Wednesday, August 18, 2010

An amusing typesetting mishap on the cover of the 1835 edition of Mesilat Yesharim.

I try to not to brazenly repeat someone else's post, but I'll make an exception in this case because it's such an amusing (and sharp-eyed) find and more people should see it (and I think by giving full credit it's OK).

On the HUC-JIR Library blog Needle in the Bookstacks, Phil Miller submitted a post called Is Jozefów Close to Chelm?.

He was taking a look at the 1835 edition of Ramchal's Mesilas Yesharim published in Jozefów and he noticed what first appeared to be gibberish in Latin letters on the title page: MYRUZSJ SEŁYSM. It took a minute, but he realized that the type had been set from right to left (like Hebrew) and should have read MSYŁES JSZURYM, that is, Mesilas Yesharim (in Polish). Why? Who knows. Maybe the typesetter was so immersed in right-to-left mode that he just made a mistake, or conceivably he didn't even realize that Polish is written from left-to-right.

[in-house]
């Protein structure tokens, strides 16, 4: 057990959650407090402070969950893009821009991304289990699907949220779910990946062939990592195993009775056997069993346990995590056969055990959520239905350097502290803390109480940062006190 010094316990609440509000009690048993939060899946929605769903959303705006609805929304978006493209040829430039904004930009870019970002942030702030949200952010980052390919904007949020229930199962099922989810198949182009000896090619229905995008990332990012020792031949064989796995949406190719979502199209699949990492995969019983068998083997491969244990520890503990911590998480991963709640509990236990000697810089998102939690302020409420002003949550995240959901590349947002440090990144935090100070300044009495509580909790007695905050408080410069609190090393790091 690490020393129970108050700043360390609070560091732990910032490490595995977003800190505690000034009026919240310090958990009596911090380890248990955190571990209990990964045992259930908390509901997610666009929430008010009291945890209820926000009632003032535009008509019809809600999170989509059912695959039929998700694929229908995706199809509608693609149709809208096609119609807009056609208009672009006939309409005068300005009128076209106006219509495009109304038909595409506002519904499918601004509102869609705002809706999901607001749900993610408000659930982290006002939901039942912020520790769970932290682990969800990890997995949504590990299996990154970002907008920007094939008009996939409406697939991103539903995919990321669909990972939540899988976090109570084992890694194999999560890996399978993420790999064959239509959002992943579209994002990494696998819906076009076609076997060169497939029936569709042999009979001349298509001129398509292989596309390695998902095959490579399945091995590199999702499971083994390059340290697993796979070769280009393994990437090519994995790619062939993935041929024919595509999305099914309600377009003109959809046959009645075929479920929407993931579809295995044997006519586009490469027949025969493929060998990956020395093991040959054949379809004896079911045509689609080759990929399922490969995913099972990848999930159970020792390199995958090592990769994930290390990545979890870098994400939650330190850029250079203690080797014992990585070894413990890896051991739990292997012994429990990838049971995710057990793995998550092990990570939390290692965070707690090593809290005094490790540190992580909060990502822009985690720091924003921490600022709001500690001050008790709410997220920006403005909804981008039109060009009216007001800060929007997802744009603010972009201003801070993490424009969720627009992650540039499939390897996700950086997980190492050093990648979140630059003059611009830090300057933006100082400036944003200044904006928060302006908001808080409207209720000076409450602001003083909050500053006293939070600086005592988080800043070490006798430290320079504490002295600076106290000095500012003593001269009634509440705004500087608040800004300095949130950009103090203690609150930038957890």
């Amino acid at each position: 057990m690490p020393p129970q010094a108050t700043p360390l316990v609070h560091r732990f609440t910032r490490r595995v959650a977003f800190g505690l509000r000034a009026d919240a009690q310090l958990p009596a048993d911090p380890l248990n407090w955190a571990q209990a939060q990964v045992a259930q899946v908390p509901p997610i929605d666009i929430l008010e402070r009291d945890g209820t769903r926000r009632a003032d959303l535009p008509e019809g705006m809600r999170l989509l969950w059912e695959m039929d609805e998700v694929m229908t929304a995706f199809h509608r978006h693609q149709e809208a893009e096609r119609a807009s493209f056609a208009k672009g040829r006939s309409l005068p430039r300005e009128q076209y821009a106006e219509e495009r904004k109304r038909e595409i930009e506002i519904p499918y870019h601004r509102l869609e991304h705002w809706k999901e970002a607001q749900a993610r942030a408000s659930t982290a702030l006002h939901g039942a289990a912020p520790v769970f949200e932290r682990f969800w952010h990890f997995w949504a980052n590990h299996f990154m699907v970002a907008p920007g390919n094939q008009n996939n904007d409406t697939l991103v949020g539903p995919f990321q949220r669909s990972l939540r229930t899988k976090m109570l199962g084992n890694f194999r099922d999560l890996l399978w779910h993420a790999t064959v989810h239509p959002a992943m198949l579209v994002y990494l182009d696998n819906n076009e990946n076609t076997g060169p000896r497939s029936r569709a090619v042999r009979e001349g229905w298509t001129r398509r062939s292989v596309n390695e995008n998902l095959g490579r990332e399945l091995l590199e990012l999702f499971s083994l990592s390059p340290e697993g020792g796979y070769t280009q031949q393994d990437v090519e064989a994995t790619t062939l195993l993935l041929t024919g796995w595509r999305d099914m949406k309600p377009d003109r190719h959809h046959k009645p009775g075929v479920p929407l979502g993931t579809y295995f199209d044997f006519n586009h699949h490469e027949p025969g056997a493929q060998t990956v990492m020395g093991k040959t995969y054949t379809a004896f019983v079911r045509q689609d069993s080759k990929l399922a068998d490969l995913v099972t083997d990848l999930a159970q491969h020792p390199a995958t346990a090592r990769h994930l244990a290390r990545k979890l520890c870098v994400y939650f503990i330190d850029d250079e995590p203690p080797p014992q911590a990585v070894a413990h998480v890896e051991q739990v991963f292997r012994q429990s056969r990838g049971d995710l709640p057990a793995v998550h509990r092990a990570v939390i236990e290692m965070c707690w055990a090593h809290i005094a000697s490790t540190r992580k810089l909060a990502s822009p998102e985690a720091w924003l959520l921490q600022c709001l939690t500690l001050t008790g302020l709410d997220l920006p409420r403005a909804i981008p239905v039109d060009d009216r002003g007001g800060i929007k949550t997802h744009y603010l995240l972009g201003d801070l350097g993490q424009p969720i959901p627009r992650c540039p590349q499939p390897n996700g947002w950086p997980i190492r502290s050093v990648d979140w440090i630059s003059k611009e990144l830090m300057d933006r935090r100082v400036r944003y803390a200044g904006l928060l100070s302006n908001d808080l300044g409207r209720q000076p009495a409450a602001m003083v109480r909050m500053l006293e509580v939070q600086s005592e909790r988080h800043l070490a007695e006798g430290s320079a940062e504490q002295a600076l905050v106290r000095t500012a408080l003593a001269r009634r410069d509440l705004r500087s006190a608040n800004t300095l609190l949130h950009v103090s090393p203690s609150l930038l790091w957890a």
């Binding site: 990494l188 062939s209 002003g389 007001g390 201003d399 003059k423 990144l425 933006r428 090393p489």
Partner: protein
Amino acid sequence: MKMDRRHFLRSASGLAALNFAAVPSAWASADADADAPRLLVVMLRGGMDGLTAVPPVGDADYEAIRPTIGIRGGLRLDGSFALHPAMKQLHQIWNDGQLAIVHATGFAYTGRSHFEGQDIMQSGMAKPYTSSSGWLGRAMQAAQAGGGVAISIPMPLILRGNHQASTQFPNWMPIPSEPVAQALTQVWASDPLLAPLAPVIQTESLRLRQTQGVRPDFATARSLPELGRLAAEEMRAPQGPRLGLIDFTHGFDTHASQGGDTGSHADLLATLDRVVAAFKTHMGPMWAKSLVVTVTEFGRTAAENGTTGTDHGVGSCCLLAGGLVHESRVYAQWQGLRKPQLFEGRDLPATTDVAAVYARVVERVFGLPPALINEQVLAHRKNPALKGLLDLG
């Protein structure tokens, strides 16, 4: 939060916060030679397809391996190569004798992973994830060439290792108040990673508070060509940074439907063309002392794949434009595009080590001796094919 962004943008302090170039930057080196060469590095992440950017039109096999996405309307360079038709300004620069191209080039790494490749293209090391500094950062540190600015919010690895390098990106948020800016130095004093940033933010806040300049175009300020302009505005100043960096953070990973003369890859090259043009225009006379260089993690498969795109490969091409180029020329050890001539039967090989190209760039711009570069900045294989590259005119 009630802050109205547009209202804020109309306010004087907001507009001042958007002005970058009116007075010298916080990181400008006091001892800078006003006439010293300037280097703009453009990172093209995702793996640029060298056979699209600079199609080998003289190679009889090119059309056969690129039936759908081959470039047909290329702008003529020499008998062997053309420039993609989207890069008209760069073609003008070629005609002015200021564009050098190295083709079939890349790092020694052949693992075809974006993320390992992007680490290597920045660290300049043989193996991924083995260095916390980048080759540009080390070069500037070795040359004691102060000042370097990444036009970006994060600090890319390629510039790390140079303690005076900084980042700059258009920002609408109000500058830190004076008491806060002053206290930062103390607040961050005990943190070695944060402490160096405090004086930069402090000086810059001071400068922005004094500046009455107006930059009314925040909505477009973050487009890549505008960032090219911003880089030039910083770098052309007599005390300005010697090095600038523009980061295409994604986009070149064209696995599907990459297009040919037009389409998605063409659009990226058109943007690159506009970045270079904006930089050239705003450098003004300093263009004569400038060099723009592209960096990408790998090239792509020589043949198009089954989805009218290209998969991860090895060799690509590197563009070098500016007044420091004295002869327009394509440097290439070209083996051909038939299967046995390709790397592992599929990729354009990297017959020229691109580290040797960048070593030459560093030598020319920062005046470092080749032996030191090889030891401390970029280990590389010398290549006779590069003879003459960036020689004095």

By way of comparison, here are some other editions from a similar time period:

Warsaw 1841:

Lemberg 1845:


  1. .gnisuma yrev saw tahT

    -- lihP

  2. MSYŁES JSZURYM, that is, Mesilas Yesharim (in Polish)

    And Mesilas Yesharim is what? Pre-Ashkenazic or Artscrollese?

  3. Heh. Better than the 1988 Al Leiter card.


  4. You mean Billy Ripken? ;-)

  5. That same typesetter made another mistake as well: The "el bar" (letter L with a bar through it)
    in Polish is pronounced like a W in English.
    Still, maybe with mesilla = track or path,
    and yashar = righteous or straight, there is is so much straightness that he just had to go from right to left --- his sense of humor made him do it.

  6. No mistake here. In older Polish, and in fact still in some dialects, it was a "dark l" (same as in American English, or in England after a vowel). This was the default for transcriptions from other languages, (only) sometimes depending on the vowel after it.



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